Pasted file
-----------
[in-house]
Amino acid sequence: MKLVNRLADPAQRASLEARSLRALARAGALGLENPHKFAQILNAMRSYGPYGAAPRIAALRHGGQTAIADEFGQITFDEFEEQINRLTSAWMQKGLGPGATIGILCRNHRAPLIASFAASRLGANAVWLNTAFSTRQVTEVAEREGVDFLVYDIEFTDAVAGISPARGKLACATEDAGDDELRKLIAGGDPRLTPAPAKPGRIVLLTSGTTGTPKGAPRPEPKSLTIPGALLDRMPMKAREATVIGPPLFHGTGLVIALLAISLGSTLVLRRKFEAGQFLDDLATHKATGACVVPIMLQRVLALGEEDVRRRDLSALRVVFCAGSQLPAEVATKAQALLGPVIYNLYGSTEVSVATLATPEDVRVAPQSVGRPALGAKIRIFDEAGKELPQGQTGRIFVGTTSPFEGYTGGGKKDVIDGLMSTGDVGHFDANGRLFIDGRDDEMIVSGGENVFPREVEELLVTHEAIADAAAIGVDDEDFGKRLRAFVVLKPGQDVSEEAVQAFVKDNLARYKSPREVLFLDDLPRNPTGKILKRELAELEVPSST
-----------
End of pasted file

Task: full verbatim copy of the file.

[in-house]
Amino acid sequence: MKLVNRLADPAQRASLEARSLRALARAGALGLENPHKFAQILNAMRSYGPYGAAPRIAALRHGGQTAIADEFGQITFDEFEEQINRLTSAWMQKGLGPGATIGILCRNHRAPLIASFAASRLGANAVWLNTAFSTRQVTEVAEREGVDFLVYDIEFTDAVAGISPARGKLACATEDAGDDELRKLIAGGDPRLTPAPAKPGRIVLLTSGTTGTPKGAPRPEPKSLTIPGALLDRMPMKAREATVIGPPLFHGTGLVIALLAISLGSTLVLRRKFEAGQFLDDLATHKATGACVVPIMLQRVLALGEEDVRRRDLSALRVVFCAGSQLPAEVATKAQALLGPVIYNLYGSTEVSVATLATPEDVRVAPQSVGRPALGAKIRIFDEAGKELPQGQTGRIFVGTTSPFEGYTGGGKKDVIDGLMSTGDVGHFDANGRLFIDGRDDEMIVSGGENVFPREVEELLVTHEAIADAAAIGVDDEDFGKRLRAFVVLKPGQDVSEEAVQAFVKDNLARYKSPREVLFLDDLPRNPTGKILKRELAELEVPSST